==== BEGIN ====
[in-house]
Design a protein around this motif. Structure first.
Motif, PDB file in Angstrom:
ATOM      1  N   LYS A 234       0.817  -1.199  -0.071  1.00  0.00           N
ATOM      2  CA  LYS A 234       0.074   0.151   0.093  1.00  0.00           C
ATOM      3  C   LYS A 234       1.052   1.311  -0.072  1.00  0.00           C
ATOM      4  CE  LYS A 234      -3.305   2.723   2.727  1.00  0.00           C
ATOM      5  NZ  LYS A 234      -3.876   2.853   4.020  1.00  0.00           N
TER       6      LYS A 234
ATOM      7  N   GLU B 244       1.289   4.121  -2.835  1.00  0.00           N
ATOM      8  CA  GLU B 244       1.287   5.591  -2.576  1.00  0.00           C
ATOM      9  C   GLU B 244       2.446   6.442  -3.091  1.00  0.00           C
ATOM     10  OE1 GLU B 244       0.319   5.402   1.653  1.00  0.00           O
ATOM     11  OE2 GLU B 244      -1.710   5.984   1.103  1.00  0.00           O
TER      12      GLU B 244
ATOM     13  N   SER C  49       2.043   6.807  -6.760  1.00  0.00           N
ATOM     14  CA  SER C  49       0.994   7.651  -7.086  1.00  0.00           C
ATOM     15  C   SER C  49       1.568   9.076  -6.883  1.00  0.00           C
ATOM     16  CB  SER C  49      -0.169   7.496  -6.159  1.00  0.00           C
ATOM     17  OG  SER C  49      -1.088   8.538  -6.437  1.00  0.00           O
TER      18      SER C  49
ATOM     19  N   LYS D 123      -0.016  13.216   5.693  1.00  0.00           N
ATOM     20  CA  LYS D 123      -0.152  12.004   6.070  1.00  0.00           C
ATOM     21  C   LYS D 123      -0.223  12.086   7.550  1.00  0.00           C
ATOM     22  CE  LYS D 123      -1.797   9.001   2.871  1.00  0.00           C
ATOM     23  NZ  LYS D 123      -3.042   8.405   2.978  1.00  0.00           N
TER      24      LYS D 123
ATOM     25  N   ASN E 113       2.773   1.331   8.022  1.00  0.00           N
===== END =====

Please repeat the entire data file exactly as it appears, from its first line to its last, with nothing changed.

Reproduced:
[in-house]
Design a protein around this motif. Structure first.
Motif, PDB file in Angstrom:
ATOM      1  N   LYS A 234       0.817  -1.199  -0.071  1.00  0.00           N
ATOM      2  CA  LYS A 234       0.074   0.151   0.093  1.00  0.00           C
ATOM      3  C   LYS A 234       1.052   1.311  -0.072  1.00  0.00           C
ATOM      4  CE  LYS A 234      -3.305   2.723   2.727  1.00  0.00           C
ATOM      5  NZ  LYS A 234      -3.876   2.853   4.020  1.00  0.00           N
TER       6      LYS A 234
ATOM      7  N   GLU B 244       1.289   4.121  -2.835  1.00  0.00           N
ATOM      8  CA  GLU B 244       1.287   5.591  -2.576  1.00  0.00           C
ATOM      9  C   GLU B 244       2.446   6.442  -3.091  1.00  0.00           C
ATOM     10  OE1 GLU B 244       0.319   5.402   1.653  1.00  0.00           O
ATOM     11  OE2 GLU B 244      -1.710   5.984   1.103  1.00  0.00           O
TER      12      GLU B 244
ATOM     13  N   SER C  49       2.043   6.807  -6.760  1.00  0.00           N
ATOM     14  CA  SER C  49       0.994   7.651  -7.086  1.00  0.00           C
ATOM     15  C   SER C  49       1.568   9.076  -6.883  1.00  0.00           C
ATOM     16  CB  SER C  49      -0.169   7.496  -6.159  1.00  0.00           C
ATOM     17  OG  SER C  49      -1.088   8.538  -6.437  1.00  0.00           O
TER      18      SER C  49
ATOM     19  N   LYS D 123      -0.016  13.216   5.693  1.00  0.00           N
ATOM     20  CA  LYS D 123      -0.152  12.004   6.070  1.00  0.00           C
ATOM     21  C   LYS D 123      -0.223  12.086   7.550  1.00  0.00           C
ATOM     22  CE  LYS D 123      -1.797   9.001   2.871  1.00  0.00           C
ATOM     23  NZ  LYS D 123      -3.042   8.405   2.978  1.00  0.00           N
TER      24      LYS D 123
ATOM     25  N   ASN E 113       2.773   1.331   8.022  1.00  0.00           N